Friday, December 19, 2008

Enumerating Foreign Key Constraints

After enumerating columns and indexes, now it's time to work on the first of the three types of constraints that are supported by SQL Compact: foreign key constraints. Constraint definitions are also retrieved by calling ITableCreation:.GetTableDefinition. These are returned in an array of DBCONSTRAINTDESC structures that contain all the supported constraints. Each record contains one constraint whose type is stored on the ConstraintType member. The SQL Compact header file defines the following values:
  • DBCONSTRAINTTYPE_UNIQUE - A unique constraint.
  • DBCONSTRAINTTYPE_FOREIGNKEY - A foreign key constraint.
  • DBCONSTRAINTTYPE_PRIMARYKEY - A primary key constraint.
  • DBCONSTRAINTTYPE_CHECK - A check constraint (not supported by the current SQL Compact versions)
  • DBCONSTRAINTTYPE_SSCE_DEFAULT - Apparently this is a default value constraint. I have found no documentation about this constant and will investigate it later.
For now, we concentrate on the foreign key constraints and how to show them on the SchemaTree sample aplpication. In this version of tha sample, foreign keys will be displayed in a folder of their own, but for future versions this folder will be renamed "Constraints" and will contain all table contraints, not just foreign keys.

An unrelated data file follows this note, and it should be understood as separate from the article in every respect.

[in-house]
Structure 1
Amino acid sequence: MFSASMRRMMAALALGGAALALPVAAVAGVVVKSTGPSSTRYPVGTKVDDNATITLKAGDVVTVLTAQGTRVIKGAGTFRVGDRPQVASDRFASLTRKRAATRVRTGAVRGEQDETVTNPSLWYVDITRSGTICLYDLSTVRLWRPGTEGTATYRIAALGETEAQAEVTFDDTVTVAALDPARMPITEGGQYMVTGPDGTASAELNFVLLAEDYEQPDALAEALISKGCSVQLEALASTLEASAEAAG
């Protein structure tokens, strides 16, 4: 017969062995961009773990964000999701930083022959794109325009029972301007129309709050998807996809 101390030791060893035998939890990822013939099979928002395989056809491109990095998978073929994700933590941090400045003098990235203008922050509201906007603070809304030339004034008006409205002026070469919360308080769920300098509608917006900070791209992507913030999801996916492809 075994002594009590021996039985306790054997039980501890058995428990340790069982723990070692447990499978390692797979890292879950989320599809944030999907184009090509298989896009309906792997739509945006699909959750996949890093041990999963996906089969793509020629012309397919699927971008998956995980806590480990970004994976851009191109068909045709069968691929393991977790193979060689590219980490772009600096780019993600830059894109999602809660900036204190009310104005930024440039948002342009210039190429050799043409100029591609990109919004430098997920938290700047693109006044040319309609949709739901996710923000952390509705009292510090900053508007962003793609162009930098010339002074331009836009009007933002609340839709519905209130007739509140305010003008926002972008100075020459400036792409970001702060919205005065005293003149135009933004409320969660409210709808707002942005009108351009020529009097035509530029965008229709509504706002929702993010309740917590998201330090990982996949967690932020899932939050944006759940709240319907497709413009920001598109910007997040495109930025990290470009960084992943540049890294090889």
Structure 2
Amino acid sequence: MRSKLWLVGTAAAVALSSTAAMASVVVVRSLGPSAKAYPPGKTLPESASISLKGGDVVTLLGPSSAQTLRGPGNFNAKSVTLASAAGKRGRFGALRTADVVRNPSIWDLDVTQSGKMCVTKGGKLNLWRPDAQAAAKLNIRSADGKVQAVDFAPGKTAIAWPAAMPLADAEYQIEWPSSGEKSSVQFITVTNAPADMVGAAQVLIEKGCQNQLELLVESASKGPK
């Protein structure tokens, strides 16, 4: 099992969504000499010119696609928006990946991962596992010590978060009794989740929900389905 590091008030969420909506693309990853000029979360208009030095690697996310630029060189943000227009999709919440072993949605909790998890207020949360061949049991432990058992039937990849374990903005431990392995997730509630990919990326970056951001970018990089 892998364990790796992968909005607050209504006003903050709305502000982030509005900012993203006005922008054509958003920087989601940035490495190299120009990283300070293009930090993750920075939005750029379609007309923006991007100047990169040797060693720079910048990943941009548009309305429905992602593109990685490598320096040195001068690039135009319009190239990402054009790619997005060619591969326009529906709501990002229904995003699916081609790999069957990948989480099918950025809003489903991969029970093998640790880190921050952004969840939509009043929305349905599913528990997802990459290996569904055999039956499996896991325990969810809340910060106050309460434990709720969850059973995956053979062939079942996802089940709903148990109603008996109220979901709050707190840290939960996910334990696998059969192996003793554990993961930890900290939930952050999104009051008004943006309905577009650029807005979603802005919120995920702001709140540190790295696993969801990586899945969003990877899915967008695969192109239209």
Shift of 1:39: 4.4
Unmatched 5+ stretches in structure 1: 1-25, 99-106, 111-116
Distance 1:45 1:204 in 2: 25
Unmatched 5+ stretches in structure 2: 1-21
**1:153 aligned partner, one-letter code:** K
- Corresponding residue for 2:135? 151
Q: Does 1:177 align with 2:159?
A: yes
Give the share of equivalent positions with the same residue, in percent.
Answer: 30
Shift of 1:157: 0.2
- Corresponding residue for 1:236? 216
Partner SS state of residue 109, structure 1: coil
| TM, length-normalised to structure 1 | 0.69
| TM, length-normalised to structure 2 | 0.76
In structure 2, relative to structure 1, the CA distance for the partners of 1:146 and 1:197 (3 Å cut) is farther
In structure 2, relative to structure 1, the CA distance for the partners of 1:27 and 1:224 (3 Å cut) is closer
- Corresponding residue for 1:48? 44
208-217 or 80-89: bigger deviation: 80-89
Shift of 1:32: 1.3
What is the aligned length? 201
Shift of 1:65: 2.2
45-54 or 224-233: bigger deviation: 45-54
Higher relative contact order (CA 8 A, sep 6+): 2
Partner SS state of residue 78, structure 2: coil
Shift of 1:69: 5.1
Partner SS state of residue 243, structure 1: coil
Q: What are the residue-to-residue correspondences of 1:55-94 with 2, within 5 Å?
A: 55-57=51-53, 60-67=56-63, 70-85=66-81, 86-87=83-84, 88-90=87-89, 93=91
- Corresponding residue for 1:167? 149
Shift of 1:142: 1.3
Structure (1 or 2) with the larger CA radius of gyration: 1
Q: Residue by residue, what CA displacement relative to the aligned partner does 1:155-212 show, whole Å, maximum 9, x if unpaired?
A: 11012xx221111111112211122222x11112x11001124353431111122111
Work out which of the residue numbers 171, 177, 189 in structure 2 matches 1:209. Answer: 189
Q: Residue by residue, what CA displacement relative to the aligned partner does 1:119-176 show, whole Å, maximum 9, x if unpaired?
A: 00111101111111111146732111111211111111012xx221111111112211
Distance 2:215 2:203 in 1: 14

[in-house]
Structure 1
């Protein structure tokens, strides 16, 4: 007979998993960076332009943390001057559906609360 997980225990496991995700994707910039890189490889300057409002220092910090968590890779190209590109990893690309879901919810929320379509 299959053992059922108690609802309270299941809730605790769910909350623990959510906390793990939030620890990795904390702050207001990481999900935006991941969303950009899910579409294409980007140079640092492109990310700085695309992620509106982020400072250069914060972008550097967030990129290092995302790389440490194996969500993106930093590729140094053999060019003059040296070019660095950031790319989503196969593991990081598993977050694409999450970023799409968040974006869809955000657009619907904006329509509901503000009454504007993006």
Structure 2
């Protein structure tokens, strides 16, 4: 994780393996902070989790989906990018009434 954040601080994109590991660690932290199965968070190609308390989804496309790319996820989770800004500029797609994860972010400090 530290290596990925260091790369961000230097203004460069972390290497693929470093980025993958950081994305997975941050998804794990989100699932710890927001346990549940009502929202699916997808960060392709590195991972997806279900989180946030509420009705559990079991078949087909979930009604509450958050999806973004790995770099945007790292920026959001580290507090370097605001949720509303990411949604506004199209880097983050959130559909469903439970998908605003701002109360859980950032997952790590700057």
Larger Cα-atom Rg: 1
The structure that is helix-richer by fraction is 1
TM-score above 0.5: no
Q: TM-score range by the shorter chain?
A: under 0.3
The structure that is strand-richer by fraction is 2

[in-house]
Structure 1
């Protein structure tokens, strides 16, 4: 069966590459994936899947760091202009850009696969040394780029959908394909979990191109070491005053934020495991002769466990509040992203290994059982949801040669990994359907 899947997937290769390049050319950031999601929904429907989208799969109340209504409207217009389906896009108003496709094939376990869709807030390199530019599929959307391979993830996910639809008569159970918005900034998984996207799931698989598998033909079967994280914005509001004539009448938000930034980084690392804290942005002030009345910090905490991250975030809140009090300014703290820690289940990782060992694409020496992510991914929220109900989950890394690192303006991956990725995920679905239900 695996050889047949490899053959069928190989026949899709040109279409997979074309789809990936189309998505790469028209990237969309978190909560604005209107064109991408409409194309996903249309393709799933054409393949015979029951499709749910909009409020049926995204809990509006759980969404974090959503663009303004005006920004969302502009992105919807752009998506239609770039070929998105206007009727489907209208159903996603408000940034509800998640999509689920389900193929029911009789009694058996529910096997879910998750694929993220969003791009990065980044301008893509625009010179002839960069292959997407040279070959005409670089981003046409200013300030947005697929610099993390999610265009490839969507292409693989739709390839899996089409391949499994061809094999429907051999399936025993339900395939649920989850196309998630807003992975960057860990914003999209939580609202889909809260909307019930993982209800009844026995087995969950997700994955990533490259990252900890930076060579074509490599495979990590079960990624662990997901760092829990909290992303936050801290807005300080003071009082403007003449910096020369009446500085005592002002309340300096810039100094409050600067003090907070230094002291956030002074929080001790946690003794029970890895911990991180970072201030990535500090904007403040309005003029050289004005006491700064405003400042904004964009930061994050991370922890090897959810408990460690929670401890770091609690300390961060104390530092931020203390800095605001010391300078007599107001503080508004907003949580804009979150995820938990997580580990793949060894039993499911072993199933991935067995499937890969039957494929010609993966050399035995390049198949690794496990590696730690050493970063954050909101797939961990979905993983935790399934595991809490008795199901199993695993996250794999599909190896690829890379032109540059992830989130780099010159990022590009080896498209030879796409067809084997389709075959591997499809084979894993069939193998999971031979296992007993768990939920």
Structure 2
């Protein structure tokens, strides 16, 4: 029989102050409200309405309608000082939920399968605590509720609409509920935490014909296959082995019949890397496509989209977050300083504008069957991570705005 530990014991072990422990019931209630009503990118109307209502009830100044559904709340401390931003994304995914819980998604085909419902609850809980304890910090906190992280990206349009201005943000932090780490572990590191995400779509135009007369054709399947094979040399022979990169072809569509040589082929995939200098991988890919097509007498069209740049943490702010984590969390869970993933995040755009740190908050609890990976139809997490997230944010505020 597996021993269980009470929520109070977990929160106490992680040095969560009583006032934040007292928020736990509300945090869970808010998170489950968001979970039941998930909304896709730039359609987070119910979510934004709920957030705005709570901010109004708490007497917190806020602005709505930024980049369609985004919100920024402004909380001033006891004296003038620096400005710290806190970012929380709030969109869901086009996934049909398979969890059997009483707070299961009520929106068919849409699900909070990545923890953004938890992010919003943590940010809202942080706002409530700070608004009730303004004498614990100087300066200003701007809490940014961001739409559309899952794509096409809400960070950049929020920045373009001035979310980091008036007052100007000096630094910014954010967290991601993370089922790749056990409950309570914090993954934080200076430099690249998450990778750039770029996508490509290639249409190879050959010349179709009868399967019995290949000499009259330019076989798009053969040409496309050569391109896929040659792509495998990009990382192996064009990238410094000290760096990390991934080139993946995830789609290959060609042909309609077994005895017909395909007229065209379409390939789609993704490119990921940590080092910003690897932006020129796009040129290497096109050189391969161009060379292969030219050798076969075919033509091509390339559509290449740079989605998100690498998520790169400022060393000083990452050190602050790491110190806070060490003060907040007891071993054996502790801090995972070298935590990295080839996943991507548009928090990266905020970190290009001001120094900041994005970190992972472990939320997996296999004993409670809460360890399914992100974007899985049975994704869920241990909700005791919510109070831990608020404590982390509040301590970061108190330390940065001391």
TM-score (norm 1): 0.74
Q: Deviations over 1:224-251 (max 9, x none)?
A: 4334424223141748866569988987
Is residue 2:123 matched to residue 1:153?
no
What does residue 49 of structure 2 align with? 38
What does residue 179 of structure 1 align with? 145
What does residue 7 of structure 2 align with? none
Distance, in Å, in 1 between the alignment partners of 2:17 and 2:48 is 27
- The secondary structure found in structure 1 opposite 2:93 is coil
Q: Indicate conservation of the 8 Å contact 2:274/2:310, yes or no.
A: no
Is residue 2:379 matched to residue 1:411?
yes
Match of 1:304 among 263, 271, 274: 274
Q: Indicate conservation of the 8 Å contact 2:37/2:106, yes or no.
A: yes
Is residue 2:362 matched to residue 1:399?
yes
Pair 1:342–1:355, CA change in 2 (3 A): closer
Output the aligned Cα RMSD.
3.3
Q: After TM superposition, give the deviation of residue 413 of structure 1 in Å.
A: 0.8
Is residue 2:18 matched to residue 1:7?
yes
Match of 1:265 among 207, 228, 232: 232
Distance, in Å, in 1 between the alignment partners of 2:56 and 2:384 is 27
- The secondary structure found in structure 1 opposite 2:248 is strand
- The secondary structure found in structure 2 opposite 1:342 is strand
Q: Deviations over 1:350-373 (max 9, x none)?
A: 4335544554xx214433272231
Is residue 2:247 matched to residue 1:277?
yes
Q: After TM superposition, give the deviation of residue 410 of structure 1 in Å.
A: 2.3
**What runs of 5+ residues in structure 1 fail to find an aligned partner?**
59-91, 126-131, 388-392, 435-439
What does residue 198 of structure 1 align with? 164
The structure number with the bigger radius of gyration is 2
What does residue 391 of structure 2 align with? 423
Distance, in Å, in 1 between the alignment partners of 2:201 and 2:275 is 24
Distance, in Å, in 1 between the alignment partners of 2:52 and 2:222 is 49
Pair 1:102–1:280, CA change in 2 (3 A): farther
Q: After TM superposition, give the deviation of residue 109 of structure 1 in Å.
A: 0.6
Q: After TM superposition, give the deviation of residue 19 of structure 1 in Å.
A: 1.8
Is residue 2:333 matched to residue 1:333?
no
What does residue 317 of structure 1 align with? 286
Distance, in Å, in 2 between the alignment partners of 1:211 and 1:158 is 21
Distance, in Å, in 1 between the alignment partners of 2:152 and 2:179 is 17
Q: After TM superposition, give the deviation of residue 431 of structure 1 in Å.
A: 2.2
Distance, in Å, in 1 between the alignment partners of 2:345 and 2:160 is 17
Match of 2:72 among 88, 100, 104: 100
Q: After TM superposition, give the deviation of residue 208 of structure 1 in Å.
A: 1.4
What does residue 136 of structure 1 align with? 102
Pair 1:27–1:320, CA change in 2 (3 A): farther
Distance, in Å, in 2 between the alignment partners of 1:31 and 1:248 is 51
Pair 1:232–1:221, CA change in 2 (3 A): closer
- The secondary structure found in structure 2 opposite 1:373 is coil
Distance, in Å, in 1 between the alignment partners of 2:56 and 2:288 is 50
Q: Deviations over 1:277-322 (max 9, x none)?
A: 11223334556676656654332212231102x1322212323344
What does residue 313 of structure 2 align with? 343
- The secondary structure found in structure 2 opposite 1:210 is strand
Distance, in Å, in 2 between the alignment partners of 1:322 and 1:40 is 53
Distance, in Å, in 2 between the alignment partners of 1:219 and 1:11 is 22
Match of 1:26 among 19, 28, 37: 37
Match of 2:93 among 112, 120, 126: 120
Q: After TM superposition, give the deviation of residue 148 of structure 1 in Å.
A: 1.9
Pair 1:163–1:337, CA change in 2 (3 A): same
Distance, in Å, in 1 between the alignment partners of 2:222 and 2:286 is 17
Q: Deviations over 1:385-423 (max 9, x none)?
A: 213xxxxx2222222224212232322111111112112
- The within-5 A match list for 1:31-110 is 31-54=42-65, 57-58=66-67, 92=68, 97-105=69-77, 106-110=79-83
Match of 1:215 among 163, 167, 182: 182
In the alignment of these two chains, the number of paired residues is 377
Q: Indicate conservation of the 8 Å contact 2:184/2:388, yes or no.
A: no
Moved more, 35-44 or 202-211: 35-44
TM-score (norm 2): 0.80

A foreign key definition is stored in the new CForeignKey class. You can see these classes being built from the array of DBCONSTRAINTDESC structures in the new CTableDefinition::FillForeignKeyArray function, where each array item is tested for the correct type and then fed to the CForeignKey class constructor, where all thework takes place. Each foreign key contains a list of matched columns from the reference table and the base table (each pair is stored in an instance of the CForeignKeyPair class).

Displaying these in the schema tree is quite straightforward and follows the same rules I have used for columns and indexes. Please note that there are new accessors for foreign keys on the CTableSchema class.

On my next post I will also enumerate primary keys and unique constraints, put them all under the same folder and start moving towards an on-device SQL Compact editor. I already got a name suggestion from Alberto Silva: SQL Explorer. More names, anyone?

Sample code: (1.2 MB)

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